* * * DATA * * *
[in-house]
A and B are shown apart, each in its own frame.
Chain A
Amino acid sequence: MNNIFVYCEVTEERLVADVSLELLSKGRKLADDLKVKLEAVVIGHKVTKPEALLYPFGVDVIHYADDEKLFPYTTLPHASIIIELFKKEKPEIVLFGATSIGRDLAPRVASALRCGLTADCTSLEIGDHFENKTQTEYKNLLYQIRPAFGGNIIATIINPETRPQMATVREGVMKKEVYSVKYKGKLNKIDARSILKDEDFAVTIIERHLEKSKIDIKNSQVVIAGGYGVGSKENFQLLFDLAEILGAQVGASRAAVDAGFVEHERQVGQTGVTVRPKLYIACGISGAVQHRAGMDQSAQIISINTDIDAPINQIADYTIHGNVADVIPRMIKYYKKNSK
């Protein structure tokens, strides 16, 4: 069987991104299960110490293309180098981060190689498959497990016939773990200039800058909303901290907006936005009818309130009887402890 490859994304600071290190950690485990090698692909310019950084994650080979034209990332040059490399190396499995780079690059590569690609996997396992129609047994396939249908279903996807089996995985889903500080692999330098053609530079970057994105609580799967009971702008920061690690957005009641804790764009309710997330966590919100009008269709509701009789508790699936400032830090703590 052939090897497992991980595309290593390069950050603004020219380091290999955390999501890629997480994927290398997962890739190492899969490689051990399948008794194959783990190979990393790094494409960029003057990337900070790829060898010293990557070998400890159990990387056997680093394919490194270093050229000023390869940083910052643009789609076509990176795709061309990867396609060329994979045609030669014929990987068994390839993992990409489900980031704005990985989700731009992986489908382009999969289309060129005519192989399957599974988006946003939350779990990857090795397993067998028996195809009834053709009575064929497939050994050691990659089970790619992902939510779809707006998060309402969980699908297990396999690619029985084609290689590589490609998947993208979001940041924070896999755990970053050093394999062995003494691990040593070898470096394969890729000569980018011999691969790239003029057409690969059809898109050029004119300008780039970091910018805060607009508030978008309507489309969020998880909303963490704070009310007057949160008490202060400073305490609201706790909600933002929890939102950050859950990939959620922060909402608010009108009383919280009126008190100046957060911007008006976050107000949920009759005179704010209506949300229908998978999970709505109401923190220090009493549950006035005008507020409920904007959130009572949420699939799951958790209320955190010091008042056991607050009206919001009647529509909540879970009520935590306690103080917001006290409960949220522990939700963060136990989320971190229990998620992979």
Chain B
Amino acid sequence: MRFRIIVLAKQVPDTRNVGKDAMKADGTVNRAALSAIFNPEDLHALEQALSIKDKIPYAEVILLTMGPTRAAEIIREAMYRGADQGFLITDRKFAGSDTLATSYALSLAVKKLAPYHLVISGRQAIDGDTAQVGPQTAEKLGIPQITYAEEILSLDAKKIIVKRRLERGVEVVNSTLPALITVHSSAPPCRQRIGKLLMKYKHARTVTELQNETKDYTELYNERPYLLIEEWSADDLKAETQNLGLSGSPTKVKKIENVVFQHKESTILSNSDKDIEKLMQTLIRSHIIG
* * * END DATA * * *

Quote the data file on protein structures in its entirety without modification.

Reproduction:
[in-house]
A and B are shown apart, each in its own frame.
Chain A
Amino acid sequence: MNNIFVYCEVTEERLVADVSLELLSKGRKLADDLKVKLEAVVIGHKVTKPEALLYPFGVDVIHYADDEKLFPYTTLPHASIIIELFKKEKPEIVLFGATSIGRDLAPRVASALRCGLTADCTSLEIGDHFENKTQTEYKNLLYQIRPAFGGNIIATIINPETRPQMATVREGVMKKEVYSVKYKGKLNKIDARSILKDEDFAVTIIERHLEKSKIDIKNSQVVIAGGYGVGSKENFQLLFDLAEILGAQVGASRAAVDAGFVEHERQVGQTGVTVRPKLYIACGISGAVQHRAGMDQSAQIISINTDIDAPINQIADYTIHGNVADVIPRMIKYYKKNSK
């Protein structure tokens, strides 16, 4: 069987991104299960110490293309180098981060190689498959497990016939773990200039800058909303901290907006936005009818309130009887402890 490859994304600071290190950690485990090698692909310019950084994650080979034209990332040059490399190396499995780079690059590569690609996997396992129609047994396939249908279903996807089996995985889903500080692999330098053609530079970057994105609580799967009971702008920061690690957005009641804790764009309710997330966590919100009008269709509701009789508790699936400032830090703590 052939090897497992991980595309290593390069950050603004020219380091290999955390999501890629997480994927290398997962890739190492899969490689051990399948008794194959783990190979990393790094494409960029003057990337900070790829060898010293990557070998400890159990990387056997680093394919490194270093050229000023390869940083910052643009789609076509990176795709061309990867396609060329994979045609030669014929990987068994390839993992990409489900980031704005990985989700731009992986489908382009999969289309060129005519192989399957599974988006946003939350779990990857090795397993067998028996195809009834053709009575064929497939050994050691990659089970790619992902939510779809707006998060309402969980699908297990396999690619029985084609290689590589490609998947993208979001940041924070896999755990970053050093394999062995003494691990040593070898470096394969890729000569980018011999691969790239003029057409690969059809898109050029004119300008780039970091910018805060607009508030978008309507489309969020998880909303963490704070009310007057949160008490202060400073305490609201706790909600933002929890939102950050859950990939959620922060909402608010009108009383919280009126008190100046957060911007008006976050107000949920009759005179704010209506949300229908998978999970709505109401923190220090009493549950006035005008507020409920904007959130009572949420699939799951958790209320955190010091008042056991607050009206919001009647529509909540879970009520935590306690103080917001006290409960949220522990939700963060136990989320971190229990998620992979």
Chain B
Amino acid sequence: MRFRIIVLAKQVPDTRNVGKDAMKADGTVNRAALSAIFNPEDLHALEQALSIKDKIPYAEVILLTMGPTRAAEIIREAMYRGADQGFLITDRKFAGSDTLATSYALSLAVKKLAPYHLVISGRQAIDGDTAQVGPQTAEKLGIPQITYAEEILSLDAKKIIVKRRLERGVEVVNSTLPALITVHSSAPPCRQRIGKLLMKYKHARTVTELQNETKDYTELYNERPYLLIEEWSADDLKAETQNLGLSGSPTKVKKIENVVFQHKESTILSNSDKDIEKLMQTLIRSHIIG